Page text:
After a while the itch started to worm its way back in…. I started actively seeking out connections and reflecting on my interests and interactions. Despite my qualms at exploring more paranormal topics (because they frankly seemed rather out-sider-y and… insane..) I made the shaky decision to see where it led me anyway. Turning something that is simply a guilty pleasure into a more academic pursuit is always a bit challenging for me – I struggle to maintain a sense of conscientiousness that normally eludes me when I’m in it just for fun. Eventually, the analytic side always wins out and my background in art-history and researching starts to rise to the occasion.
I can now say I own more books on the history of spirit photography than I do on birds in art… this is not quite something I ever thought I’d be able to say, much less something I’d need to say. I also have a file on my desktop labeled Ectoplasm. Art, like love, goes where it will…
I became interested in spirit photography after looking at examples of modern ghost photography. As a photographer I was very interested in the concept of tangibly capturing the intangible on film. My exploration of pin-hole photography during my Eulogy series heightened my awareness of the deceptive nature of film and so the images I discovered became fascinating studies in the willingness to believe.
Of course, we’re all unique and different and what I’m willing to see someone else might not see and vice versa – therefore, what we choose to recognize is a matter of who we are as individuals and another way of being able to explore not only our ability to perceive but also our perception of self.
This idea became the catalyst for more research (which temporarily lead to tarot and mysticism) and eventually I started to most interested in images of mediums from the early part of the 20th century. These photographs are often beautifully obvious works of artifice to the modern eye but at the time they were taken they were capable of deceiving even the most scholarly of scientist (at least for a time). The level of deceit only increased as the demand and skepticism rose. (If you’ve ever read Spook by Mary Roach, you know exactly what I mean by this…)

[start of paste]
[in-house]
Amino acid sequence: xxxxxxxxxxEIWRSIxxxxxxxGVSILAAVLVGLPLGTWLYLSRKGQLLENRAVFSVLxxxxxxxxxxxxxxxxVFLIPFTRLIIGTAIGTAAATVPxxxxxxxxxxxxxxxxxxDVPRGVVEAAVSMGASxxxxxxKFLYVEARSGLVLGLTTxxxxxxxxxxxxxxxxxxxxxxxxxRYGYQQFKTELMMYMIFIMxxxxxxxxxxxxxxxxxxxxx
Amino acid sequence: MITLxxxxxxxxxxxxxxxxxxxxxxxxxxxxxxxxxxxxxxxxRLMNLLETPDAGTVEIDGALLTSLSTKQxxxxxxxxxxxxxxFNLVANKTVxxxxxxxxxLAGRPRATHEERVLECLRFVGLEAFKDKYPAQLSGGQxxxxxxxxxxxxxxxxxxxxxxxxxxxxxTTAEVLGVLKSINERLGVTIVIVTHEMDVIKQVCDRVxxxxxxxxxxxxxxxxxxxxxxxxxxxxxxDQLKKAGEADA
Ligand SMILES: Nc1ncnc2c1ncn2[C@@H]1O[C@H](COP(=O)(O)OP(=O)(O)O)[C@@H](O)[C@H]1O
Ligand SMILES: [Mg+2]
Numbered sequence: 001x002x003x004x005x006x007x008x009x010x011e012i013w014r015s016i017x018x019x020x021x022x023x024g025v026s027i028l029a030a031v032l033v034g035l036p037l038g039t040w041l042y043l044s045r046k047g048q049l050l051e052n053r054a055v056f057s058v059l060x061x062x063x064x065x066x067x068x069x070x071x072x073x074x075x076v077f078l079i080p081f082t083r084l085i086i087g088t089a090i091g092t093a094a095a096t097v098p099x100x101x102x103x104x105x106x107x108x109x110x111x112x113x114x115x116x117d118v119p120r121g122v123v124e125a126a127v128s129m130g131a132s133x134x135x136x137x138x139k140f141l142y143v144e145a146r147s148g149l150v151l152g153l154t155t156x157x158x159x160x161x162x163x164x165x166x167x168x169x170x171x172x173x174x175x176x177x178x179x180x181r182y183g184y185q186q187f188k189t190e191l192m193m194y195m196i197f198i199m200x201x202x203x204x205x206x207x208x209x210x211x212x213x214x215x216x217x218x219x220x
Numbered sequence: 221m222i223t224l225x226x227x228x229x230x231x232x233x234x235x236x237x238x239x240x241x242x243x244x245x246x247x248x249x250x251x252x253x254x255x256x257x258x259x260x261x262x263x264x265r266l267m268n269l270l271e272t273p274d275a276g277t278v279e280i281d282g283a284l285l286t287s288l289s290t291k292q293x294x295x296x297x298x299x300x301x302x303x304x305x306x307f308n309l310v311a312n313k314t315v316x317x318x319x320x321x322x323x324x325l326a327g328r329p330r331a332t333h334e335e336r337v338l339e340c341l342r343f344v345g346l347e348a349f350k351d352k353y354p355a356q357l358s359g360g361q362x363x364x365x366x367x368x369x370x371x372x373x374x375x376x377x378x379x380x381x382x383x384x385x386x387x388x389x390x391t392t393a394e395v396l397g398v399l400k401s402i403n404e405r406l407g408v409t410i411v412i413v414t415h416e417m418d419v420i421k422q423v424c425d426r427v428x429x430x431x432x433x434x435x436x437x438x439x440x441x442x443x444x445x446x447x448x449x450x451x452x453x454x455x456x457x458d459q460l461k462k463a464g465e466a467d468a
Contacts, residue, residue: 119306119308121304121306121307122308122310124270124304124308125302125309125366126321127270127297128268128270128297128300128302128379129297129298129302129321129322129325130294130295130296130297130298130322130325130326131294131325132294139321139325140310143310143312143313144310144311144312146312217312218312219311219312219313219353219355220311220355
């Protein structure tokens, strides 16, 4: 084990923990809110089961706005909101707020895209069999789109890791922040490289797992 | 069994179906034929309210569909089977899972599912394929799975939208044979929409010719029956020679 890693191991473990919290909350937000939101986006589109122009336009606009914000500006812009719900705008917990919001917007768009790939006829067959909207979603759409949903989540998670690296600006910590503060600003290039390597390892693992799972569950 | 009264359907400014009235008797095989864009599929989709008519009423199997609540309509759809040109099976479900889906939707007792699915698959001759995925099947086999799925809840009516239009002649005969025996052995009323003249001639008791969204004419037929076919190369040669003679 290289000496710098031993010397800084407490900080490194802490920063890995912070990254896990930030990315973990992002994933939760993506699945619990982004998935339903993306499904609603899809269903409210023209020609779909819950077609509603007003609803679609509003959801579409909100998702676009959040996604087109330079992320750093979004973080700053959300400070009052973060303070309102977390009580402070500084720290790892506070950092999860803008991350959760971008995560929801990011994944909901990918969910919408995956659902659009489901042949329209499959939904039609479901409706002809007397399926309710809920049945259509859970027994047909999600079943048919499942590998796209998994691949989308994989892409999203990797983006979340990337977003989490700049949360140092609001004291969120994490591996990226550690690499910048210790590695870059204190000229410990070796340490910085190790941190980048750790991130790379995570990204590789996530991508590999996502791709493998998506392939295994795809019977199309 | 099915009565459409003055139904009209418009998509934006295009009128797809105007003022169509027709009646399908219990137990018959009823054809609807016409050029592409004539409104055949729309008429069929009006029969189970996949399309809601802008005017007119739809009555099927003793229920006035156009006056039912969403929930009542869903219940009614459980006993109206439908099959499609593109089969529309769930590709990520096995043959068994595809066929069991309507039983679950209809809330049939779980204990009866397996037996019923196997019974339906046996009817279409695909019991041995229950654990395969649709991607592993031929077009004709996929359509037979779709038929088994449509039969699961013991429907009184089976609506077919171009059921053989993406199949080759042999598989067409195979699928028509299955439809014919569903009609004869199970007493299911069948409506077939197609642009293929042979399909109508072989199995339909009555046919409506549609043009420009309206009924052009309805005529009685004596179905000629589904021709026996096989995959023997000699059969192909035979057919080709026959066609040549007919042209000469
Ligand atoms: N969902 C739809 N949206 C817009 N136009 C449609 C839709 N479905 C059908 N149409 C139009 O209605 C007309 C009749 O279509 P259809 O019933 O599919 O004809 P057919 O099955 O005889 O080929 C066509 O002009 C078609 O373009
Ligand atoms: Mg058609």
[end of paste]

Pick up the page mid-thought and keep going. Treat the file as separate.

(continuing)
I find that I am most drawn to the photos in which a woman – a ghost – is shrouded and veiled in a gauze or fabric.
It was some time before I realized that I’d taken images like these as part of my senior photographic study as an undergraduate and was drawn then by the same qualities I am now, 6 years later. It’s interesting how many times we circle back on ourselves throughout our lives.
So now, I’m formulating a body of work based on this type of imagery – a body of work that is suggestive of these images and themes but wholly its own entity.
In my next post I’ll talk more about this work and provide some of the preliminary sketches and ideas I’m currently working on. I’m quite excited about all of it but everything is still very much in the development phase so only time will tell what physically results.
I’ve been collecting images of seances, though I’m not sure why yet. It’s funny how you can have a clear attraction to something, but feel uncertain how it pertains to your work/subject. But that’s one of the main things that attracts me to art — how it can surprise you. Without the surprise, the unplanned element, it would be far less powerful.
I’m looking forward to seeing what comes next!